Last year, I purchased Rosalind Creasy’s book, Edible Landscaping. What a wonderful book chock full of ideas! In one of the pictures of her garden, I saw a teepee trellis covered with a vining plant. What caught my attention is the finial on the top of the trellis. I thought that was such a novel idea – and I wanted a couple of those teepee trellises for myself. I thought they would look great in my front yard as I stretch my garden space. Well, because my beau (aka Garden Wilson) has so much talent, all I had to do was show him the picture and he made me two beautiful teepee trellises! And he agreed to help me write today’s article, so you can build these beautiful trellises for your garden.
HOW TO BUILD A TEEPEE TRELLIS
These instructions are to build one teepee that will be about 8 feet 4 inches tall. The dimensions of this teepee, as well as the shorter one, are listed below the instructions.
- Wooden finial of any design or style
- 8 inch piece of treated 4×4
- Four 8 foot long treated 2×2’s (for uprights)
- Three 8 foot long treated 1×2’s (for cross members)
- Nails or screws
- Paint (optional)
- Tape measure
- Hammer or electric drill
- Circular saw
- Chop saw for cutting cross members (highly recommended)
1. The bottom of the finial we chose measured 3×3, so I cut the piece of 4×4 to a 3×3. You may need to do the same. Attach the finial to the 4×4 (or 3×3).
2. Lay the finial and two 2×2’s on the ground to determine the base width of the teepee. (Remember the base measurement for Step 6.) Once the base width has been determined, angle the 2×2’s to attach to the finial and mark.
Cut all four 2×2’s to match.
3. Lay the finial and two 2×2’s on the ground and determine where the cross members will be attached to the 2×2’s. TIP: Mark all four 2×2’s while on the work bench; it’s much easier than while the teepee is up and wobbly.
4. On each side of the finial, draw lines on both sides of the 2×2 where it will attach to be sure the 2×2’s will be centered and straight.
5. Pre-drill 3 holes in each 2×2 on angled end, and attach to the finial.
6. Stand teepee up. (A second pair of hands may be needed to successfully accomplish this.) Once the teepee is upright, measure and place the base of each 2×2 at the desired width (which you determined in Step 2).
This allows you to take an accurate measurement for the bottom cross member length. TIP: Measuring, cutting, and attaching the bottom cross members first helps establish the length of the middle and top cross members.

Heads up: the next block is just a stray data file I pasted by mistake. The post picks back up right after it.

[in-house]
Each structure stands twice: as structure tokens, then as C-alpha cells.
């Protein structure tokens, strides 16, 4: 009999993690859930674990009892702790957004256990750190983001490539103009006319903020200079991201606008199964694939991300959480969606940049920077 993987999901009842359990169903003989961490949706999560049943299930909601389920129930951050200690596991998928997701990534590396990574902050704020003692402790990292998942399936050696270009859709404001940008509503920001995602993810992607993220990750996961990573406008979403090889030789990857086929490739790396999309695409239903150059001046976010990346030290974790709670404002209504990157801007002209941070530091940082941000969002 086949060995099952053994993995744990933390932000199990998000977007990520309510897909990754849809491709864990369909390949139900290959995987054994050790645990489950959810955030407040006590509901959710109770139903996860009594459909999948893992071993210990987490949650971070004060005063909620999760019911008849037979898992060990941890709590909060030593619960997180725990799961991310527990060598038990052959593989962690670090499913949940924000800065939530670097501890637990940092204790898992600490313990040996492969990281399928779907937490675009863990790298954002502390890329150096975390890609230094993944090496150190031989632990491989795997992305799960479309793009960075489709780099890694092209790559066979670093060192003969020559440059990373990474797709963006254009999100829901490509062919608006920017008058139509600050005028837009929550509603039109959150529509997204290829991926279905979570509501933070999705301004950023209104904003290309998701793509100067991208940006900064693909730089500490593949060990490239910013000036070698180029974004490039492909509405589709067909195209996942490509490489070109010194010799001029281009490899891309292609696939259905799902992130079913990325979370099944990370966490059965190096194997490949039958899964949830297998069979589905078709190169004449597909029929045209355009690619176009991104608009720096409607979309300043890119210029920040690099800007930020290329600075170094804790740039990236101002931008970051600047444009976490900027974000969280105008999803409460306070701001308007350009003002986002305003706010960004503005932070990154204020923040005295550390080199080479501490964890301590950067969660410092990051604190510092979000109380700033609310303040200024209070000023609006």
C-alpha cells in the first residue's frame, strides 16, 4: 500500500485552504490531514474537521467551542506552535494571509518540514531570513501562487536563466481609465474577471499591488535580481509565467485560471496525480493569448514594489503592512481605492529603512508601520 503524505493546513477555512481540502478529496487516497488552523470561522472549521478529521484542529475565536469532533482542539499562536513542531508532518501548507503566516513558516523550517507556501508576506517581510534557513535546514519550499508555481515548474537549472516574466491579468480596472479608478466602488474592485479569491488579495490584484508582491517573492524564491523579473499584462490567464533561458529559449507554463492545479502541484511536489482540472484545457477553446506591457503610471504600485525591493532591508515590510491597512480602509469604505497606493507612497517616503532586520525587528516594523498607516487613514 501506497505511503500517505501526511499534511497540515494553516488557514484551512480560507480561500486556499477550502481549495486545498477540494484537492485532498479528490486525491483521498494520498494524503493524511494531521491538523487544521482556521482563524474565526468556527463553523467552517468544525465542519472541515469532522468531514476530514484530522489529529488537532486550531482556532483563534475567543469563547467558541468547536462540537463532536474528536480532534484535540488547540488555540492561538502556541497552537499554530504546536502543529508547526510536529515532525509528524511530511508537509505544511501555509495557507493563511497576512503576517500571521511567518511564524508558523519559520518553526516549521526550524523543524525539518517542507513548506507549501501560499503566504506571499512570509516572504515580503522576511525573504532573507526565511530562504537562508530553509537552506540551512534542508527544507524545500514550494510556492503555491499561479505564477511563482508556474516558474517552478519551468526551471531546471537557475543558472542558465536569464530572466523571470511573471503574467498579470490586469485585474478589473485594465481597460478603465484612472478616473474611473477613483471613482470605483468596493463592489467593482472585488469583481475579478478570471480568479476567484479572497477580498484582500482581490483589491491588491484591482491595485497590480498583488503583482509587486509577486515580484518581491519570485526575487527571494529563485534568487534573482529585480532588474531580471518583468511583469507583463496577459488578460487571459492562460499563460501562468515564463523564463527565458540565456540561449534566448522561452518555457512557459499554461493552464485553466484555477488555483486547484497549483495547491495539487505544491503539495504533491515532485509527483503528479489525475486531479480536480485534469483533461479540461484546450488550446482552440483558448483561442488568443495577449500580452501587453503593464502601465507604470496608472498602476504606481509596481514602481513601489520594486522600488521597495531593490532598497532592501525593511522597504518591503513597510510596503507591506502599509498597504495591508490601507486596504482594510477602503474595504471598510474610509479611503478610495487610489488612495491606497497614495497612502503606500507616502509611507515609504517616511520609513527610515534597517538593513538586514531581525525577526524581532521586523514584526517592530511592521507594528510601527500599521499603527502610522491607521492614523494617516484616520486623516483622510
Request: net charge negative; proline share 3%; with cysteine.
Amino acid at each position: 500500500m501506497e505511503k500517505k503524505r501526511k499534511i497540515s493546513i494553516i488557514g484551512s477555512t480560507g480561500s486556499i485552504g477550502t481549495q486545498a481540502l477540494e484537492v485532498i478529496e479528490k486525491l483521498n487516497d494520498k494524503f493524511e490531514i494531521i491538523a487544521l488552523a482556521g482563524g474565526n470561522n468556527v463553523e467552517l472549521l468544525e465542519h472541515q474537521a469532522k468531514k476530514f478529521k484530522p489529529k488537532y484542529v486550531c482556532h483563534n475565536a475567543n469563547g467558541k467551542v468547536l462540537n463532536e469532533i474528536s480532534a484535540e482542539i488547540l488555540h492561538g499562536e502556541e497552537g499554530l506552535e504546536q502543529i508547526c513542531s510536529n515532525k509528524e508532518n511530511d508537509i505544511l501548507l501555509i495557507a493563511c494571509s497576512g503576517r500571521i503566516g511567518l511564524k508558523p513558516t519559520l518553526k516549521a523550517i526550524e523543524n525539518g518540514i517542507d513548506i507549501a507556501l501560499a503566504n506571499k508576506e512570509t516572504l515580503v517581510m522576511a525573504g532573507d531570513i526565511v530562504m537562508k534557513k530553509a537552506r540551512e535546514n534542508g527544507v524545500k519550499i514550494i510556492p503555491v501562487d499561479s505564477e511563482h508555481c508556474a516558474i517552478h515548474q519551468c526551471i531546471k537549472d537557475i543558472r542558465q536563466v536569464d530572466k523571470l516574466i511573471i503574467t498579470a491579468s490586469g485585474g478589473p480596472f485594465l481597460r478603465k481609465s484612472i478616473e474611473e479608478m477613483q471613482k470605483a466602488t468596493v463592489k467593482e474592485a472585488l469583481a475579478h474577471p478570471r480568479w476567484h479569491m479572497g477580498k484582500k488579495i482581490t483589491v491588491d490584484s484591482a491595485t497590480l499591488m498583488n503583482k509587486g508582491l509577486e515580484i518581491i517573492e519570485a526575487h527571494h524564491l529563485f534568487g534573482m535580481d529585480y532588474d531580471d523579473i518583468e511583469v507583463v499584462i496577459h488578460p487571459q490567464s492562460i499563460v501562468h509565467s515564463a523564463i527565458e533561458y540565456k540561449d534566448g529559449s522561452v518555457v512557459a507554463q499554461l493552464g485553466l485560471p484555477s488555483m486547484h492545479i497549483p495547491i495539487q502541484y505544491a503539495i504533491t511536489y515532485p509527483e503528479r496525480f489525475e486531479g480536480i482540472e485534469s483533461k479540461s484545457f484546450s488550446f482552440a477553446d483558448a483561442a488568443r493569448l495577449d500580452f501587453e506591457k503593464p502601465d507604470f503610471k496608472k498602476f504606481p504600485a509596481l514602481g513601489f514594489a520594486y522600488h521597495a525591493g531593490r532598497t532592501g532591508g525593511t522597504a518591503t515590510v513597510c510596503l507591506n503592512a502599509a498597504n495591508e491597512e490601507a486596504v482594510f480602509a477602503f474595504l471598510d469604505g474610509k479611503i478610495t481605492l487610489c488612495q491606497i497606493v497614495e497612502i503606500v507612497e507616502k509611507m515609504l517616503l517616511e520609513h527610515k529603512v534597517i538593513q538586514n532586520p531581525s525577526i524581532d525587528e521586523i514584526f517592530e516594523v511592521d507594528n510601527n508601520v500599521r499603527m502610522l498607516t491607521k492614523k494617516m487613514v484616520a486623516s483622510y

7. For this teepee, I cut the ends of the cross members at a 45-degree angle with a 3-degree offset. (It took three test cuts to determine these angles, and then the chop saw made this step a breeze.)
8. Attach cross members where marked, starting at the bottom and working your way up.
9. Leave as is or paint. (We painted ours white.) Then plant vining vegetables or flowers in pots placed in the center of the teepee.
For the tall teepee, I used the 2×2’s full size. For the shorter teepee, I cut 15 inches off the 2×2’s and adjusted the base width and cross member placement. Here are the dimensions of each teepee:
TALL TEEPEE TRELLIS:
- Total height: 100 inches
- Finial: 15 inches
- 2×2’s: 8 feet
- Bottom cross member length: 26 inches
- Middle cross member length: 17 inches
- Top cross member length: 8 inches
SMALLER TEEPEE TRELLIS:
- Total height: 88 inches
- Finial: 15 inches
- 2×2’s: 6 feet 8 inches
- Bottom cross member length: 21 inches
- Middle cross member length: 14 inches
- Top cross member length: 7 inches
NOTE: Cross member measurements are close, but not exact. Measure and cut as you construct your teepee to ensure a proper fit.
SPACING OF CROSS MEMBERS:
NOTE: Top measurement is from the top cross member to the bottom of the finial.
If this inspires you to make your own teepee trellis, email Rosemarie a picture. We’d love to see it!
Aren’t they beautiful? Didn’t he do a great job? He had barely finished building them when a bird used the tall one as a roost. (Since then, we’ve seen quite a few birds perched on these.) Isn’t he cute?
The teepee trellises are going in my front yard. This weekend, I’m getting blue ceramic planters to place inside of them. I’ll plant a vining zucchini in one and tigger melon in the other. I’m excited about my new edible landscaping!
How do you incorporate edible landscaping on your homestead?